The Right Answer

I don’t often agree with Mark Zuckerberg, but in this case, I do, to the extent he has the courage of his words. The European Union’s Internal Market Commission has fined Meta $1.3 billion for the crime of sending the data its Facebook facility collects on European citizens to servers in the US.

The ruling raises pressure on the US government to complete a deal that would allow Meta and thousands of multinational companies to keep sending such information stateside.
Tech companies have been especially vulnerable to regulatory scrutiny absent such a deal. But most large international companies rely on a relatively free flow of data across the Atlantic….

Another Reason

In an attempt to extort concessions from us and to drive a wedge between us and the Republic of Korea, the People’s Republic of China has banned certain local firms in key information-infrastructure industries from buying computer chips from the American company Micron Technology.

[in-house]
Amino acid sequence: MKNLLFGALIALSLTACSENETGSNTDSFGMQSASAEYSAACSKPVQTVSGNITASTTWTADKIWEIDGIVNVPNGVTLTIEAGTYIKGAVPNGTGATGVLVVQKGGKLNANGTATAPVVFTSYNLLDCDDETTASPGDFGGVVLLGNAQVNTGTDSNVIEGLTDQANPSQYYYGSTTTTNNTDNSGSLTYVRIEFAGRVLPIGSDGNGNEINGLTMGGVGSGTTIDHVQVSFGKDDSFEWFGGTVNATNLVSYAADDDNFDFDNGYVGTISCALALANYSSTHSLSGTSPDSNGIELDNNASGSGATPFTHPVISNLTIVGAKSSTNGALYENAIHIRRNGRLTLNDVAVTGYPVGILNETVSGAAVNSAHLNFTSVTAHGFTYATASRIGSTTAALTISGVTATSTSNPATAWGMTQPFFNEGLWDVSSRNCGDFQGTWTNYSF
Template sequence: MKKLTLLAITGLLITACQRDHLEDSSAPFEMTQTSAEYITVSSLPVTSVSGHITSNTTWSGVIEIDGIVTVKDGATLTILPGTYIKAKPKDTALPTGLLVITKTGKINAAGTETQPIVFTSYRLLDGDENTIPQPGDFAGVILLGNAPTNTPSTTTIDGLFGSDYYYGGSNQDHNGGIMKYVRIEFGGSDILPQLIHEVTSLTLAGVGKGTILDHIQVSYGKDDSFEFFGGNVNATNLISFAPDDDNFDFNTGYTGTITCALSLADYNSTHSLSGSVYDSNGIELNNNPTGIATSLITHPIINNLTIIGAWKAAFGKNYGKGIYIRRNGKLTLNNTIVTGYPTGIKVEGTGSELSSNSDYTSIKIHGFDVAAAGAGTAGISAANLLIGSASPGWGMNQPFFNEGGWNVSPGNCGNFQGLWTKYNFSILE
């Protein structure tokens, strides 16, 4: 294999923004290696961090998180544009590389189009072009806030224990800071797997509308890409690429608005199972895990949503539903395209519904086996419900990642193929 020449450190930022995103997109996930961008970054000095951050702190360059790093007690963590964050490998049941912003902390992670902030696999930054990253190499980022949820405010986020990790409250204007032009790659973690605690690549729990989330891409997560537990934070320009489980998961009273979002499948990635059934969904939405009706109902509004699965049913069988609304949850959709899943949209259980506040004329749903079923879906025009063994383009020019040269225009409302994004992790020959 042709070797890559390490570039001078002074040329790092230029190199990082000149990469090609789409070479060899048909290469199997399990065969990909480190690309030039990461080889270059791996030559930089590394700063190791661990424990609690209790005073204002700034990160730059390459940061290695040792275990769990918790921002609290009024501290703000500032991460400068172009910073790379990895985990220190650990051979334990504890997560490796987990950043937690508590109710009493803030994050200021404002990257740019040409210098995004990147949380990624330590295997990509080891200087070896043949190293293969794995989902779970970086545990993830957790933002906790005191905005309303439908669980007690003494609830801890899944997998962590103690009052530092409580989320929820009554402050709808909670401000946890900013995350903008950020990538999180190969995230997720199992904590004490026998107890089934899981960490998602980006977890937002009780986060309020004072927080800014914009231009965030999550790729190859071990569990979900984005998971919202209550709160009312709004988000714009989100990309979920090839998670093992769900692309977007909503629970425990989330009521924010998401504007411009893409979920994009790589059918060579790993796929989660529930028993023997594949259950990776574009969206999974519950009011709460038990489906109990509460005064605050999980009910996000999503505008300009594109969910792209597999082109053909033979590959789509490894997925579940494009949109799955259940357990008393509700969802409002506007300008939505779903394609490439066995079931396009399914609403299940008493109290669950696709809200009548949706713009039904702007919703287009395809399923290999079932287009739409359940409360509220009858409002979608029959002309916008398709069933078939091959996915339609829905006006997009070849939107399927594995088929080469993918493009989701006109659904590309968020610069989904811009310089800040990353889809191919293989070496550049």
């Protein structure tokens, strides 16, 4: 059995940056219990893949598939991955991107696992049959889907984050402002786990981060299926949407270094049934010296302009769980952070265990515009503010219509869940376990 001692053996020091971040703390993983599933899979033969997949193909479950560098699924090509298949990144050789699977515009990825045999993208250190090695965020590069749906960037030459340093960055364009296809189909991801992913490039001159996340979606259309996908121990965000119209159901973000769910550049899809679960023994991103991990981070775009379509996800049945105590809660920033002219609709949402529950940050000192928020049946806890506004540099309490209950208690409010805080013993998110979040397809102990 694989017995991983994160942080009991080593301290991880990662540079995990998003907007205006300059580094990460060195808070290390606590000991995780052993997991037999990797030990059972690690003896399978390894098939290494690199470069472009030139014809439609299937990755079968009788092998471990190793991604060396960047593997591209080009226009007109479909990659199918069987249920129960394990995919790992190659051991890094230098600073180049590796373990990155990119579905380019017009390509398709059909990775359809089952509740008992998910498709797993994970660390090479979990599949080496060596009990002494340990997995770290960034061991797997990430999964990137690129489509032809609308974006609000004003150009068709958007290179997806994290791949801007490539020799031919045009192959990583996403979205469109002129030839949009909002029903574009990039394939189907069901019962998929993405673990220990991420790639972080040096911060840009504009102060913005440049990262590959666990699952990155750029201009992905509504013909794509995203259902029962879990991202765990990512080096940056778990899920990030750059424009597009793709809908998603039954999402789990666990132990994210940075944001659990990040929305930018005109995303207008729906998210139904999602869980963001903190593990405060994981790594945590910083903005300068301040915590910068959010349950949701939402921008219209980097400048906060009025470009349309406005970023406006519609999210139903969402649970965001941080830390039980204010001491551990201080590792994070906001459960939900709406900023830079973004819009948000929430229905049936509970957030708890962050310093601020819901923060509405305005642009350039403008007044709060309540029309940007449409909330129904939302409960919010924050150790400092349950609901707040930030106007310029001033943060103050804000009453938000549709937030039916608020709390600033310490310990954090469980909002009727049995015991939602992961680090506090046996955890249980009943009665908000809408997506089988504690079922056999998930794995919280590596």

The next two largest chip manufacturers after Micron are the RoK’s Samsung Electronics and SK Hynix, each with chip factories in the PRC. The wedge is the effort to get those two to sell into the PRC in place of Micron.

Department of State Gaslighting

This time it’s in the arena of foreign military sales. Arms sales to our friends and allies are approved by Congress and they’re carried out by DoD.

[State] is set to release a 10-point plan to retool its oversight of the process to make it more effective at a time of strategic competition, especially with China, State Department officials said. It calls its new plan “FMS 2023.”
The State Department plans to develop more creative and flexible financing for countries, expanding the view of arms sales to take a more regional approach instead of weighing each country’s request on a case-by-case basis, and prioritizing some cases when they fit squarely into broader national security goals, according to department officials.